TDOC Needs to Stop Denying Effective Communication

low concrete prison building in TN behind a chainlink fence

Today, CREEC and Disability Rights Tennessee (DRT) filed a Complaint seeking access to effective communication for deaf and hard of hearing individuals in Tennessee Department of Correction (TDOC) custody as required by law.

Kevin Trivette is deaf and his primary language is American Sign Language (ASL); like many people who are deaf, he understands English only as a second language. While in the custody of the Tennessee Department of Correction (TDOC) Mr. Trivette was repeatedly denied crucial – and legally mandated – sign language communication for medical appointments, required classes, and religious services. TDOC also denied him a videophone, which he needed to communicate with his loved ones. Unfortunately, Mr. Trivette is not alone. TDOC routinely denies deaf and hard of hearing inmates qualified sign language interpreters and videophones. These unlawful and potentially harmful denials of effective communication to deaf and hard of hearing individuals who are incarcerated is a pattern of behavior at TDOC.

Today, Civil Rights Education and Enforcement Center (CREEC) and Disability Rights Tennessee (DRT) filed a Complaint in the federal district court for the Middle District of Tennessee on behalf of Mr. Trivette and DRT. The suit is based on violations of the Americans with Disabilities Act (ADA) and Section 504 of the Rehabilitation Act (Section 504). The ADA and Section 504 require that state prisons provide inmates in their custody with equal access to programs and services, including providing sign language interpreters and videophones when needed for effective communication, and equal access to phone privileges.

“I want people to know deaf people have rights. We need access to communication for things like doctor’s appointments and classes. Writing notes isn’t enough — we need information in our first language, ASL. I want deaf and hard of hearing inmates to be treated like other inmates, not as less than. I don’t want other deaf inmates to have the same problems I had and I hope this lawsuit makes TDOC fix these problems so that current and future inmates have equal access to communication,” said Kevin Trivette, plaintiff.

This is far from the only example of TDOC’s failure to provide deaf and hard of hearing inmates with required effective communication. Despite repeated advocacy by DRT on behalf of deaf and hard of hearing incarcerated people, TDOC has, for years, systematically and repeatedly denied deaf and hard of hearing inmates qualified sign language interpreters during critical communications involving medical care, classification, religious services, and optional and mandatory educational classes. As a result of this unlawful denial, deaf and hard of hearing inmates in TDOC custody regularly do not have access to adequate health care or to critical programs and services designed to prepare them for successful reentry. Furthermore, TDOC’s current failure to provide working videophones is not only discriminatory; it prevents communication between deaf and hard of hearing inmates and their loved ones who themselves may be deaf or hard of hearing. This increases feelings of isolation, loneliness and confusion during the best of times, let alone during times like the current pandemic.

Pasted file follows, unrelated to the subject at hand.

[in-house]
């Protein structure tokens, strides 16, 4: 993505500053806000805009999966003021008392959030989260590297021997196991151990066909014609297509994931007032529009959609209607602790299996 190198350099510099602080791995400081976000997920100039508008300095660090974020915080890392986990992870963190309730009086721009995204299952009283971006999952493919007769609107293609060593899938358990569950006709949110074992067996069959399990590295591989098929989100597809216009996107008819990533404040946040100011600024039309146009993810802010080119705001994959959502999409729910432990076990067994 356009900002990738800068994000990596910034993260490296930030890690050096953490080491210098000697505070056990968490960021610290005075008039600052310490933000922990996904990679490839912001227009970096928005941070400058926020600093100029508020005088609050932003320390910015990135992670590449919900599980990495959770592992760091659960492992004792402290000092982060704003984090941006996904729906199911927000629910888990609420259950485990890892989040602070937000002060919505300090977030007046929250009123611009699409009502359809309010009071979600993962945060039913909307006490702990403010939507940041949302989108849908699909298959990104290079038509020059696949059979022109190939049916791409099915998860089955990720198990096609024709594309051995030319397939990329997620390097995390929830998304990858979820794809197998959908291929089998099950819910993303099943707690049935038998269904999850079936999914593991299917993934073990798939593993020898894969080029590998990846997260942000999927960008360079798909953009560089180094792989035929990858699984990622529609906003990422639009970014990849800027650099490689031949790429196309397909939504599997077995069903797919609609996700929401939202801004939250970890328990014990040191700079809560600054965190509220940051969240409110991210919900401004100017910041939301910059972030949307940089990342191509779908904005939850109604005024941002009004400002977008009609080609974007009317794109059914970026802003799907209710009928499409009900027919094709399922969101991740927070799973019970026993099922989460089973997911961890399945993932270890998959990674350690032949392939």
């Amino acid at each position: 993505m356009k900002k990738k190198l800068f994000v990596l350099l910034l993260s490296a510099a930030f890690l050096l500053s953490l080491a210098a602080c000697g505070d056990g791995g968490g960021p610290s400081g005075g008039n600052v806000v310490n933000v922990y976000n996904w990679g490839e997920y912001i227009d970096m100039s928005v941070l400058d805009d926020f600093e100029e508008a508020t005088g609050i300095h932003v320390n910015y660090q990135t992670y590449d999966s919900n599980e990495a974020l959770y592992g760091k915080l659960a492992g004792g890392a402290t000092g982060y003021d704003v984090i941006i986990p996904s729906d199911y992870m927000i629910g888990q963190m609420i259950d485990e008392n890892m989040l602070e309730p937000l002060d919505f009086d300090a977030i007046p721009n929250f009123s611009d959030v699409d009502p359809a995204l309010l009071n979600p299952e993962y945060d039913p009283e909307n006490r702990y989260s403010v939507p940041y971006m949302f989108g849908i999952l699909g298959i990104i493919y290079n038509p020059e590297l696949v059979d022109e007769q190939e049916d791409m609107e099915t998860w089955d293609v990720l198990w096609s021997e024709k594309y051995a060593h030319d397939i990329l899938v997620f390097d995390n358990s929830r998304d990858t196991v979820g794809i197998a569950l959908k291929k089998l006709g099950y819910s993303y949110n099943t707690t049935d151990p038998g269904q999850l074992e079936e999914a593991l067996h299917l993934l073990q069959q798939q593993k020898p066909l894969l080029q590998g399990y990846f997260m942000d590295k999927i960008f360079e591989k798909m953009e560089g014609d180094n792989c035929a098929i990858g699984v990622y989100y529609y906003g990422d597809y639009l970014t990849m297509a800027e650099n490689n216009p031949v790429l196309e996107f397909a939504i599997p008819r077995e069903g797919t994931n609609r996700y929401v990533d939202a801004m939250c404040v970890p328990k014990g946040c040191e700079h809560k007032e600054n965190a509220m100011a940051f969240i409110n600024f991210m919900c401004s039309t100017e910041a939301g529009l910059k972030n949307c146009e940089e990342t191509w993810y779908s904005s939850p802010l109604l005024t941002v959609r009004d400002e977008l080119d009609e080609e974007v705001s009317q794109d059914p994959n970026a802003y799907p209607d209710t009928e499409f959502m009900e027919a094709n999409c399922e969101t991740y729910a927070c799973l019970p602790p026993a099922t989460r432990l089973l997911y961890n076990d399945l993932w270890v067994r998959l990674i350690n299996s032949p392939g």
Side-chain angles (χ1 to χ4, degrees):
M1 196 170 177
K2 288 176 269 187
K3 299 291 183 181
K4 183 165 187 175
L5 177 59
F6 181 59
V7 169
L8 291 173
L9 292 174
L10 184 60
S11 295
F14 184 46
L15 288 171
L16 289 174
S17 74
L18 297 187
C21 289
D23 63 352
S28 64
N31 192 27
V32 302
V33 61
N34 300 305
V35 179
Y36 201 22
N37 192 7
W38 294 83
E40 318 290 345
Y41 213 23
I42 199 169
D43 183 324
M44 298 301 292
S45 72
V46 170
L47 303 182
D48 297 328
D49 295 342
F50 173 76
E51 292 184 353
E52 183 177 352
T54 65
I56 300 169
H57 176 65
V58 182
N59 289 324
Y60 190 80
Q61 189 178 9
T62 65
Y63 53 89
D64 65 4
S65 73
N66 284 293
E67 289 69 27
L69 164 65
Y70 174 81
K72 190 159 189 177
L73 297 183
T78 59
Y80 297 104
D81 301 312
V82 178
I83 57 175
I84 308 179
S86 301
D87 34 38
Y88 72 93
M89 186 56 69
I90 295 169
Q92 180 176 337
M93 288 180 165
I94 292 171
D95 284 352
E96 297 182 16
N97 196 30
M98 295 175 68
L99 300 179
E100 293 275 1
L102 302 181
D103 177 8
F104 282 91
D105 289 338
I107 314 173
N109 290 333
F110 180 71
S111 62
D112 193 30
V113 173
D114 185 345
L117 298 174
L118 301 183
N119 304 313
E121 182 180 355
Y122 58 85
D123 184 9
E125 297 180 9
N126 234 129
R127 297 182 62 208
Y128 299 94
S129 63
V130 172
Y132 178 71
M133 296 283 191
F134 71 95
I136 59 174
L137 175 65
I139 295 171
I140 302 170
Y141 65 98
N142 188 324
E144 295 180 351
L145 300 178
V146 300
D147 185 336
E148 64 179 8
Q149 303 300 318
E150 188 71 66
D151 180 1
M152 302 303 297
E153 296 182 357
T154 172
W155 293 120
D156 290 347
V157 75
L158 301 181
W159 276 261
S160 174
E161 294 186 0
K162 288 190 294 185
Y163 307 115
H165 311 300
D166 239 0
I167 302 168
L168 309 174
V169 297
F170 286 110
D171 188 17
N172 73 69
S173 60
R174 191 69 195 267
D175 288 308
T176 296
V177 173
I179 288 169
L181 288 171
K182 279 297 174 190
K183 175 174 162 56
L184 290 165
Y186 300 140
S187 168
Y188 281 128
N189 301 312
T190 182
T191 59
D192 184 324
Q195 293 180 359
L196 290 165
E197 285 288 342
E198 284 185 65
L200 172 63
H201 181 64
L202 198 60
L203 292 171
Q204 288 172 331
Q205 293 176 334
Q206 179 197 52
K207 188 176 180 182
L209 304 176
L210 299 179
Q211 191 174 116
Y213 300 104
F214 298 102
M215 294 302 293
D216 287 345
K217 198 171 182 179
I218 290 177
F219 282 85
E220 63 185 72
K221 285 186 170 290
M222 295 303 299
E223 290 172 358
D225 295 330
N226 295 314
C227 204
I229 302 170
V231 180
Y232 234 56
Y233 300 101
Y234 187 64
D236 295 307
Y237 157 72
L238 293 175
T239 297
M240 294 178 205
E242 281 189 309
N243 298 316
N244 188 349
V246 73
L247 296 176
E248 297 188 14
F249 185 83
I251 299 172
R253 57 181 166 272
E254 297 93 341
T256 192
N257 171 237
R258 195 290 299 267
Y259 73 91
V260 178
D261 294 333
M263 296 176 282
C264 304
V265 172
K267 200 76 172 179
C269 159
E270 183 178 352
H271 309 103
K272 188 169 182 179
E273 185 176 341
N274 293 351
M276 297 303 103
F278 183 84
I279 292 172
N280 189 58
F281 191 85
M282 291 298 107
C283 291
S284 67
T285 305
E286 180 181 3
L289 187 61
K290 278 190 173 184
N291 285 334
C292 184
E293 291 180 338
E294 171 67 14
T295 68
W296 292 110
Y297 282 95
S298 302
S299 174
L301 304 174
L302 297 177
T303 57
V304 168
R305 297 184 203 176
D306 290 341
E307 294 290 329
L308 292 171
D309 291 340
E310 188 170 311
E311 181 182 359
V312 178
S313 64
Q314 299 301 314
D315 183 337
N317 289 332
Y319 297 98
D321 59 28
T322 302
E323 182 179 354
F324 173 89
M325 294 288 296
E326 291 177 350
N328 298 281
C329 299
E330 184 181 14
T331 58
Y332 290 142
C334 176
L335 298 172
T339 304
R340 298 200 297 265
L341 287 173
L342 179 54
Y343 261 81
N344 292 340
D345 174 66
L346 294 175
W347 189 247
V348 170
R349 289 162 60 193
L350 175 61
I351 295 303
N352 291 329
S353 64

While Mr. Trivette is now on parole and not currently subject to TDOC’s discriminatory practices, he and the organizational plaintiff DRT are determined to make the situation better for current and future deaf and hard of hearing inmates held in TDOC facilities.

 “By not providing sign language interpreters to deaf and hard of hearing inmates, TDOC is denying these individuals the ability to take educational classes, get their GEDs, and learn skills that will help them lead productive lives upon release. More than that, TDOC is discriminating against these individuals based on their disabilities, and that is illegal under federal law,” said Stacie Price, attorney at Disability Rights Tennessee.

“This year marks the 30th anniversary of the ADA. It is outrageous that TDOC continues to treat deaf and hard of hearing inmates as second-class citizens. These inmates deserve equal access to communication. TDOC must be held accountable for its discrimination against Mr. Trivette and others,” said Martie Lafferty, Director of the Accessibility Project at Civil Rights Education and Enforcement Center.


Disability Rights Tennessee (DRT), formerly Disability Law & Advocacy Center of Tennessee, is the designated protection & advocacy agency for Tennessee. DRT provides free legal advocacy services to protect the rights of Tennesseans with disabilities. For 40 years, DRT has served over 50,000 people through direct services, education, and systemic advocacy.

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